800,000 Older Americans Risk Eviction Once Federal Ban Expires

by Maurie Backman | Updated Aug. 10, 2021 - First published on June 24, 2021

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Many renters who risk homelessness are seniors -- and they're running out of options.

The coronavirus pandemic has hurt a lot of people not just physically and emotionally, but financially, too. In the course of the outbreak, millions of Americans have lost their jobs, many of whom had limited money in the bank to fall back on.

It's no wonder, then, that more than 10 million Americans are still behind on their rent. But that's far from just a younger person's problem. A large number of senior renters owe their landlords money, too, and they could risk becoming homeless once the current eviction ban from the Centers of Disease Control and Prevention (CDC) runs out.

Seniors are facing a major crisis

About 10% of renters over the age of 65 are behind on their rent, according to the Center on Budget and Policy Priorities. That means that about 800,000 older people risk losing their homes once the CDC's eviction ban expires.

The latest extension of that ban protected delinquent renters through June 30. Now, there's pressure on the Biden administration to extend that ban another month due to the fact that states have been very slow to allocate rental assistance funds.

The last two stimulus bills jointly allocated $45 billion in rental assistance funds to help tenants catch up on overdue rent. As long as they manage to get current, their landlords can't evict them on the basis of nonpayment. (The existing ban doesn't protect tenants at risk of eviction due to violating other lease terms, like having a pet when a lease prohibits it.)

The problem, however, is that there's been no centralized system for distributing that aid. Instead, states have been tasked with disbursing it, and so far, there have been a lot of holdups.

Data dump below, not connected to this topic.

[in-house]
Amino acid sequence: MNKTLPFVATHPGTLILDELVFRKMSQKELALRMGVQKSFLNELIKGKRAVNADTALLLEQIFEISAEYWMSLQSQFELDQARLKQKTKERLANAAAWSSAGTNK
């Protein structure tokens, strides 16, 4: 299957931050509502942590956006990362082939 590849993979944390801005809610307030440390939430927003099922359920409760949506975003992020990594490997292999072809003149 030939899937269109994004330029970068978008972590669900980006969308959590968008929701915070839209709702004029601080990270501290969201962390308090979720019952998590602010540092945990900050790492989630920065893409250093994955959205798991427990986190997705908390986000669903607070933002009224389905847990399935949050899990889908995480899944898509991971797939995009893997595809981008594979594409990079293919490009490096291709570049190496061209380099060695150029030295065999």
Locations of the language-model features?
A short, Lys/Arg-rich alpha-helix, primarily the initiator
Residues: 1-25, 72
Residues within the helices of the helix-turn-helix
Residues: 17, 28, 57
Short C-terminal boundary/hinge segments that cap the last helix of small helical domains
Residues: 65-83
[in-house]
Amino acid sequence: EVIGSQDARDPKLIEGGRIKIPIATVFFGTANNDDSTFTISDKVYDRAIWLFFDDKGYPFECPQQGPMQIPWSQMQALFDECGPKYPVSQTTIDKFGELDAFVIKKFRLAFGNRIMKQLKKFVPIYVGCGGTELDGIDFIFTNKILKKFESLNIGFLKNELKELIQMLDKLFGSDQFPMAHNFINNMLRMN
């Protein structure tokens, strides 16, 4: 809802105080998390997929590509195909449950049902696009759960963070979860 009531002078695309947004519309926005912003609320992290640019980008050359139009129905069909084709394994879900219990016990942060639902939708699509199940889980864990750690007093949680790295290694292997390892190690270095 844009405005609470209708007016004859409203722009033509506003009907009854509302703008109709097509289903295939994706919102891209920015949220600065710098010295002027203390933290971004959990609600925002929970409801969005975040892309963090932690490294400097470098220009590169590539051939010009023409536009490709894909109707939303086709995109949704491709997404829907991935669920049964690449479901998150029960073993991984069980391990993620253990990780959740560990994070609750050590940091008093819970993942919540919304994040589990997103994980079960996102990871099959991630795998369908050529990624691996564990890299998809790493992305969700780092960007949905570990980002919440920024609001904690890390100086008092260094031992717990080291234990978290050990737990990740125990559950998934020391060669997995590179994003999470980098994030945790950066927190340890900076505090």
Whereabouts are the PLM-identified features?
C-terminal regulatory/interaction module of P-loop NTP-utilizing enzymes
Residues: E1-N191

The good news is that some of the organizations that are granting rental assistance are prioritizing seniors who risk homelessness once the eviction ban expires. The bad news, however, is that applying for aid isn't a clear-cut process, and some seniors may be struggling to sign up for that relief in the first place.

According to the National Low Income Housing Coalition, the 33 state and local rental assistance programs that have made their spending data public have, on average, distributed less than 20% of their funding. And that's despite rental assistance funds having been available since December's coronavirus relief bill was signed.

Now one option that seniors who are behind on rent might have, in the absence of assistance, is to sign up for Social Security. Eligibility to receive benefits begins at age 62. But still, with an average benefit of just $1,543 a month, in some areas, Social Security is barely enough to cover a single month's rent. Plus, some struggling seniors may already be on Social Security and still be behind on rent.

Though the CDC's eviction ban may not last beyond the end of July (assuming it gets extended an extra month), some states are offering added protection. But that could still leave a lot of older renters in the lurch -- and put them at risk of losing their homes.

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